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6 Comments

  • About time. Sexuality should be irrlevant to performance of military duty. We successfully integrated women into the military, so we have proven we can professionally conduct ourselves irregardless of our internal sexual preferences. So obviously introducing GLBT at this point should be no significant impact, and no argument.

  • While it is not the immediate halt that many of us in the LGBT community wanted, it is a very important step in the right direction. That it took seventeen years to implement is embarassing to say the least, but maybe we’ll now be on par with the other countries in the world that have no problem with an openly-LGBT individual serving in the Armed Forces.

  • As a gay Veteran who served before DA/DT I’m thrilled to see this. Whether racist, sexist or heterosexist, there should be no policy of discrimination within our government.

  • I guess I am missing something. Prior to DADT, homosexuals were prohibited in serving in the military, period. No ifs ands or buts, no gays, no lesbians. DADT actually allowed gay and lesbians to serve because of the don’t ask portion of DADT. The powers that be were not permitted to ask is someone was homosexual, and in turn the homosexuals were to keep their orientation private.

    So if Don’t As Don’t Tell is repealed are we back to no homosexuals in the military or has that been repealed? That is the part I guess I have missed.

    I do not believe a person’s sexual orientation should be a factor in one’s ability to serve their country. DADT has proved that. I think we forget that DADT was a big step forward. It got us where we needed to be. Back then we were not ready and Thank God we are ready now. Or at least some of us are ready… Stay tuned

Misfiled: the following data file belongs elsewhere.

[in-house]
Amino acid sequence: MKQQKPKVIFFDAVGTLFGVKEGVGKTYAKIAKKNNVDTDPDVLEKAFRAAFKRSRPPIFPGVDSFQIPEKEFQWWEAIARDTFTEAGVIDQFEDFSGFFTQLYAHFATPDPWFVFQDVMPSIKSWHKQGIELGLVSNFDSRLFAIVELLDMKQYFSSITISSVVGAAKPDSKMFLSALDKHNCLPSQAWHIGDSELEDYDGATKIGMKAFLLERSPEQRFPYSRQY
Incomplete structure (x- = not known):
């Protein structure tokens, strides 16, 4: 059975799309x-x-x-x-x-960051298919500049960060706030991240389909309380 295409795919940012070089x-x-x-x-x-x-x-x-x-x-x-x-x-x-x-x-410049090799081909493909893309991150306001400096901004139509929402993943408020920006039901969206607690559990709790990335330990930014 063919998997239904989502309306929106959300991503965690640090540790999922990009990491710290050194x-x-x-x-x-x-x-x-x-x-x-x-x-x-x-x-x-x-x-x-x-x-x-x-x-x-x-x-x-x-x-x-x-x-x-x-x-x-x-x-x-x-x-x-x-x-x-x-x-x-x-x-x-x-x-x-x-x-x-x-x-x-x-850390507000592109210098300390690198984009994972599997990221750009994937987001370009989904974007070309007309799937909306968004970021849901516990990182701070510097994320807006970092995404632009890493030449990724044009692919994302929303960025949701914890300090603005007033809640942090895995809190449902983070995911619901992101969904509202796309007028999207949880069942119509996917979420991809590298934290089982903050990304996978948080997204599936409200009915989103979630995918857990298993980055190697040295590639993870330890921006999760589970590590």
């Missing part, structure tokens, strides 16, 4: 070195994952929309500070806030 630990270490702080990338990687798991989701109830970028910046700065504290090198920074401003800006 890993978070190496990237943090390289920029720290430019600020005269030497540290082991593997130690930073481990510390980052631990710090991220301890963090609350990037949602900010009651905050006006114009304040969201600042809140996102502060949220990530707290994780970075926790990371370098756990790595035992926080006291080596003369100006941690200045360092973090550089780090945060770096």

• “We must accept finite disappointment, but never lose infinite hope.”
    ~Martin Luther King Jr.

    I know this is not the DADT repeal I wanted to see. I wanted to see repeal of DADT that mandates — with a date certain — that lesbian, gay, and bisexual (LGB) servicemembers could serve openly. And, this compromise legislation doesn’t guarantee that LGB servicemembers will ever be able to serve openly — this compromise just sets up process can happen.

    In the meantime, LGB servicemembers will continue to be discharged due to sexual orientation; this will still be a national security issue until the discharges stop.

    I have hope, but this legislation is a half-measure, and therefore a disappointment. When about 80% of Americans believe that LGB people should be allowed to serve in the military openly, I don’t understand why there is so much legislative timidity on this issue.

    It does leave me wondering what will happen when the Employment Non-Discrimination Act comes up in the Senate — the bill that’s proposed includes not only sexual orientation, but gender identity as well. So, with transgender people specifically included in the next piece of federal civil rights legislation, I know I’m wondering if we’re going to see real legislative commitment to diversity.

    I don’t know why, but I’m still hopeful.

  • Anonymous

    if DADT is repealled and the military is forced to accept openly gay members, what will happen to our alliances in the Middle East and Afghanastan? How will this affect Al Quaida and the Taliban’s recruiting efforts? Homosexual acts are a capital offense in Afghanastan. What is the plan to deal with this? Will gays be exempted from serving in IRAQ and Afghanastan?